News that hedge-fund giant Citadel plans to buy KCG's market-making operations raises a lot of questions, says Ron Insana.» Read More
The SEC mishandled an investigation of suspicious hedge fund trading that led to the 2005 firing of an SEC attorney, a U.S. Senate report says. The report from the Senate Finance and Senate Judiciary committees, released late on Friday, ends a yearlong inquiry into the dismissal of former SEC staffer Gary Aguirre.
The past week has been a roller coaster ride for Asian markets. And as far as roller coasters go, you could say that the Australian market took a nine G hit on Wednesday when the S&P/ASX 200 Index dropped 3.3%, the biggest one-day percentage fall in almost six years. The reason for the dive – Macquarie Bank, issued a warning that retail investors in two debt funds face losses of up to 25%.
Like many other investors, hedge-funds didn't do very well in July. The Hedge Fund Research's Global Index fell 0.93% in July but was still up 5.4% for the year, according to preliminary results.
Bear Stearns and several members of its senior management repeatedly misled investors in two sub-prime hedge funds to keep them from withdrawing money even as the funds were losing much of their value, according to an arbitration claim obtained exclusively by CNBC.
Oil prices retreated after jumping to a new record Wednesday on the government's report of a steep drop in crude inventories and surge in refinery activity.
Bear Stearns, recently embarrassed by the collapse of two hedge funds, said on Tuesday it has halted redemptions in a third hedge fund after jittery investors wanted to pull out their money.
Australia's Macquarie Bank warned on Wednesday that retail investors in two debt funds face losses of up to 25 percent as fallout from the global credit crunch widened, knocking 10 percent off its shares.
Hedge fund Sowood Capital told investors on Monday that it would shut down after losing half of its assets on soured bond market bets, becoming the first-high profile fund forced out of business by recent market turmoil.
Oil futures settled at a record high above $78 Tuesday on expectations that crude inventories fell last week and reports of new violence in Nigeria, a large oil producer and key supplier to the U.S.
Oil fell on Monday as traders took profits after supply concerns sent prices above $77 abarrel last week and near record highs.
Oil jumped more than 2 percent to its second highest settlement on record on Friday as supply concerns and signs of U.S. economic growth helped counter worries about falling stock markets.
Worries about the credit markets aren't the only reason investors are fleeing to the relative safety of Treasurys. An unwinding of the so-called "carry trade"--a popular financing tool for hedge funds and other big investors--is accelerating the move away from risky assets.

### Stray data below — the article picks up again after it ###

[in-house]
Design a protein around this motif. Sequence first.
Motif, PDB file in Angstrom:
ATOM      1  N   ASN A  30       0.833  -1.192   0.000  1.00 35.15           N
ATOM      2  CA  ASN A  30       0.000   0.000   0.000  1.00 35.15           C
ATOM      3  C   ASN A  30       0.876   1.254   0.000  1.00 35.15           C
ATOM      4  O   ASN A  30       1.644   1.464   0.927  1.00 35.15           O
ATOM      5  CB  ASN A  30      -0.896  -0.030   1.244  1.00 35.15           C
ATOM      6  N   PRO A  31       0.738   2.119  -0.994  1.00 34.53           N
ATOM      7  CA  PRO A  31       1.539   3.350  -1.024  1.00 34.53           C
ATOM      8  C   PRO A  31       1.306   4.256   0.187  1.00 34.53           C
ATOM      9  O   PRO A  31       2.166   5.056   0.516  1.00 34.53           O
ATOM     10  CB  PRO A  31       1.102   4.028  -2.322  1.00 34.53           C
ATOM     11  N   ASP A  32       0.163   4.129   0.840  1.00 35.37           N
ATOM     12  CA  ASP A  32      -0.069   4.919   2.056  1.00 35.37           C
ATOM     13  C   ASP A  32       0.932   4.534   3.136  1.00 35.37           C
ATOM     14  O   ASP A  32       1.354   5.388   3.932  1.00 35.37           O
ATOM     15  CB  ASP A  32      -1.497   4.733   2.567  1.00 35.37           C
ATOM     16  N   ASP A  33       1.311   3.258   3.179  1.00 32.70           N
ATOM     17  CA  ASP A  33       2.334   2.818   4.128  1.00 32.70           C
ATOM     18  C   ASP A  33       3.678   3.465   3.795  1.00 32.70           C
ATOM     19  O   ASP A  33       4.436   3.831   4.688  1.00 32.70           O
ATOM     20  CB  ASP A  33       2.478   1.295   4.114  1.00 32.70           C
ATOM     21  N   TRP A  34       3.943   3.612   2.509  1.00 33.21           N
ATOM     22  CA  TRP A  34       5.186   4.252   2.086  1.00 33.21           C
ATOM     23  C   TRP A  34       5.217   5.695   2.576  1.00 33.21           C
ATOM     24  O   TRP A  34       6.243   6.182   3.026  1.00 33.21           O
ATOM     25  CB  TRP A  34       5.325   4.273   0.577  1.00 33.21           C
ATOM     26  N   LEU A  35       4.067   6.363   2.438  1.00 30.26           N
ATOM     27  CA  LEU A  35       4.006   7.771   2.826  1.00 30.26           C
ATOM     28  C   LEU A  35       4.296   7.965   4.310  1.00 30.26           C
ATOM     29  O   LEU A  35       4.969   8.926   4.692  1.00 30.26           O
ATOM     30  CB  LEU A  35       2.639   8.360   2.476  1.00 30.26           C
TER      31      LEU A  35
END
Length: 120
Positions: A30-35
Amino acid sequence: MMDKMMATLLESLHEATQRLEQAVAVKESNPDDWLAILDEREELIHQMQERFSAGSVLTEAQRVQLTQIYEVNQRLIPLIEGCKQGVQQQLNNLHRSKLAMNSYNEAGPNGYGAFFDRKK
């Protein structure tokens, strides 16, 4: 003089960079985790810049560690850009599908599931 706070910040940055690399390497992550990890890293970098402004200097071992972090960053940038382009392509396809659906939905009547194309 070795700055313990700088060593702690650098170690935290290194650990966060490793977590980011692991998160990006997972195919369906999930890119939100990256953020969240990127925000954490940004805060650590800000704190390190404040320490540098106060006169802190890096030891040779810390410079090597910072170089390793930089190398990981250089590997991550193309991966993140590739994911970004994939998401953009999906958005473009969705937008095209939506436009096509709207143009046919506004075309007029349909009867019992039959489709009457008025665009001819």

Oil prices fell on Thursday as a sharp drop in the U.S. stock market spurred concerns about crude demand growth, reversing an earlier rally.
A second Australian hedge fund has become caught up in the subprime mortgage fallout, with Absolute Capital telling investors it has suspended withdrawals from two funds until October due to a lack of liquidity in structured credit markets.
U.S. market regulators charged failed hedge fund Amaranth Advisors and its former head trader, Brian Hunter, with trying to manipulate natural gas futures prices.
Bankers have postponed the sale of $12 billion in debt to help private equity firm Cerberus Capital Management buy Chrysler Group from DaimlerChrysler, fueling further nervousness in the credit and stock markets.
Oil prices jumped on Wednesday after U.S. government data showed a draw in crude inventories as refiners' utilization increased.
Kohlberg Kravis Roberts, the legendary leveraged buyout firm known for its tough deal tactics, is living up to its image, to the growing frustration of Wall Street. KKR, with four major buyout deals in the debt pipeline, is refusing to budge on lending terms agreed to with investment banks, even as debt investors show a weakening appetite
Oil rose Tuesday afternoon to well over $73 per barrel -- after sinking more than $1 below $73 a barrel earlier in the day. The slide was attributed to further assurances from OPEC that it would pump more crude if needed, as well as expectations of higher U.S. fuel stockpiles.
The fund management arms of some of Australia's biggest banks are scrambling to assess more than $264 million in exposures to troubled local hedge fund Basis Capital, which has lost heavily in bets gone wrong in the U.S. subprime crisis.